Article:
This was first posted on Facebook on 22nd March 2021, with support from my Ko-Fi network.
(James Hamilton is not an immigrant, but I regret to say I couldn’t resist the quote.)
The question for the independent investigator, QC James Hamilton, who was Director of Public Prosecutions for the Republic of Ireland (1999-2011) and in 2010, President of the International Association of Prosecutors, and who has been the independent advisor to the Scottish Government on the Ministerial Code since 2013 (first appointed by Alex Salmond, re-appointed by Nicola Sturgeon in 2015):
“When Nicola Sturgeon told the Scottish Parliament she had first learned about the complaints against Alex Salmond on Monday 2nd April, when in fact she was told about them on Thursday 29th March, was she knowingly misleading Parliament?”
To knowingly mislead Parliament is a resigning offence in the Ministerial Code, though when you look at the current Cabinet Ministers and Prime Minister at Westminster, you wouldn’t think so.
This was first posted on Facebook on 27th February 2021, with support from my Ko-Fi network.
The Scottish Parliament has been in existence since 1999: Nicola Sturgeon is the present First Minister, and there are five previous First Ministers, four living, as Donald Dewar died within the first 12 months. The other four are Henry McLeish (now 72), Labour: Jim Wallace (now 66), LibDem – who was Acting First Minister on two separate occasions: Jack McConnell (now 60), Labour – and Alex Salmond (now 66), SNP. Jim Wallace and Jack McConnell accepted life peerages when they ceased to be MSPs: Henry McLeish did not, and after 2016 declared he’d support an independent Scotland if Westminster enacted Brexit against Scotland’s will.
Prior to 2010, if a First Minister – or any minister in the Scottish Government – had sexually pestered a subordinate, the Scottish Government had no policy of how to deal with this. In 2010, a policy was developed: we know that none of the women Salmond pestered made use of it – and no previous First Minister could have been affected by it.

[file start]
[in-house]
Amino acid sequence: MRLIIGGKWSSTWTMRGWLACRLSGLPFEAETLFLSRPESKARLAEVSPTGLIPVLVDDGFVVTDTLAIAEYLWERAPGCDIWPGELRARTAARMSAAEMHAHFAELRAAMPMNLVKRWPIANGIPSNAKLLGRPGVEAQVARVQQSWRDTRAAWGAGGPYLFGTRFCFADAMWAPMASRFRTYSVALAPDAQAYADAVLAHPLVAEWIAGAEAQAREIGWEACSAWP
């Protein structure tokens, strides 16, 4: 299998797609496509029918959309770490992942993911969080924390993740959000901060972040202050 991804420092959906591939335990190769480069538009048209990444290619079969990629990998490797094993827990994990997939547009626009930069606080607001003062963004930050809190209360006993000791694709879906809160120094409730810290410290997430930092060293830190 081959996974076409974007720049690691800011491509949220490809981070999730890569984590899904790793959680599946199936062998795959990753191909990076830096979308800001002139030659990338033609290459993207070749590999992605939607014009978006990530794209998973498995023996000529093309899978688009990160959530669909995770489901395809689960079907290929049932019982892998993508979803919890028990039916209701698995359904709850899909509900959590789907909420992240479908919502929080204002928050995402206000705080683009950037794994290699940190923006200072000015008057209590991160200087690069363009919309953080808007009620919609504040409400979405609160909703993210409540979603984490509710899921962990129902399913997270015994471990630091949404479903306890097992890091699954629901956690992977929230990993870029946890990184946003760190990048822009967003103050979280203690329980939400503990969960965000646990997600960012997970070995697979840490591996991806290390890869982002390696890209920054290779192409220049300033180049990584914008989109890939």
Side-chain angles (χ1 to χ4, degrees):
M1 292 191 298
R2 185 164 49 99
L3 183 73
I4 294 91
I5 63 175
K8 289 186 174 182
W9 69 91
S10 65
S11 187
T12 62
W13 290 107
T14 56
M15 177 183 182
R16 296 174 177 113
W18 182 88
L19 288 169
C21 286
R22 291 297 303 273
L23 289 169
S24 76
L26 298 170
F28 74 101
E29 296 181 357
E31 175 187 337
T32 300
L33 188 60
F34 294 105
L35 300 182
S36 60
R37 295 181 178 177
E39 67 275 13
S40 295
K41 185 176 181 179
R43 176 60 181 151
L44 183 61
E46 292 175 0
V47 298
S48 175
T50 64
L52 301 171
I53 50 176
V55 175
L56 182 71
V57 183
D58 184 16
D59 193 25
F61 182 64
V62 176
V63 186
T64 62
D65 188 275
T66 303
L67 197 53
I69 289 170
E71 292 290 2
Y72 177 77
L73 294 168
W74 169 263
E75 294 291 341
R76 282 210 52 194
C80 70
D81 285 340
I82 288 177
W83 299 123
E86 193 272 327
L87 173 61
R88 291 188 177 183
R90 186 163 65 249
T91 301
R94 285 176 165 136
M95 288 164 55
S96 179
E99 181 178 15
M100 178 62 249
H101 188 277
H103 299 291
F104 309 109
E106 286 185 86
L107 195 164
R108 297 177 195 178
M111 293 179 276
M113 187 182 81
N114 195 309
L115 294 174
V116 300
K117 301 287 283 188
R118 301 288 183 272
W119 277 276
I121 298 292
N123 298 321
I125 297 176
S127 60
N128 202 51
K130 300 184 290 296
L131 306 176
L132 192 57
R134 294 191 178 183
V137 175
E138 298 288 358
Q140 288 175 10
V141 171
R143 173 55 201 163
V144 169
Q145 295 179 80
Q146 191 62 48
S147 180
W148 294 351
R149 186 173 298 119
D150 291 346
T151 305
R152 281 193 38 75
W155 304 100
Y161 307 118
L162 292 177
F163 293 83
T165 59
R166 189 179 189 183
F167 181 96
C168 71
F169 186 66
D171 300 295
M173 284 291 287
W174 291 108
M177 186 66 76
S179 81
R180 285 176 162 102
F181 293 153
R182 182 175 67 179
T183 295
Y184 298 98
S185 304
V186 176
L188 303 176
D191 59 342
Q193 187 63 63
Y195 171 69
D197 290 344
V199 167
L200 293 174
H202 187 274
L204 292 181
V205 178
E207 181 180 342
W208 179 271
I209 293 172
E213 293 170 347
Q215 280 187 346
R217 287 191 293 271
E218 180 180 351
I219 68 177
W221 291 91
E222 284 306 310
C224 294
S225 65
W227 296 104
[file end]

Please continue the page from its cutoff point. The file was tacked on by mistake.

When the question about sexual harassment was asked of the Question Time panel in Dundee last week, all three men on the panel – including David Dimbleby – went awfully quiet. The two women, Kezia Dugdale and Ruth Davidson, roundly condemned sexual harassment and the behaviour of party leadership that ignores complaints; especially telling coming from Davidson, as the leader of the Scottish Conservatives.
It gets written off as “not a big deal” or “he probably didn’t mean it” or “he’s not a bad guy, really.” Any discussion of the bad behavior must immediately be followed by a complete audit of his better qualities or the sad things he’s suffered in the name of “fairness.” Once the camera has moved in and seen him in closeup as a real, human, suffering person, how can you (the object, always an object, as in “objectified,” as in a disembodied set of tits or orifices, or a Trapper Keeper, or a favorite coffee mug or a pet cat) be so cruel as to want to hold him accountable for his actions? Bitches, man. “My friend group has a case of the Creepy Dude. How do we clear that up?” Captain Awkward, August 2012
For twenty years, Lord Rennard was the man in charge of Liberal Democrat campaigns and elections. He was appointed Director of Campaigns and Elections for the newly-forged Liberal Democrat party in 1989. In 1992, the LibDems lost two seats – by the 1997 election, they had 18. But in 1997, 2001, and 2005, targeting winnable seats, Rennard increased Liberal Democrat representation from 18 to 46, to 52, to a high of 62.
Filed under Elections, Women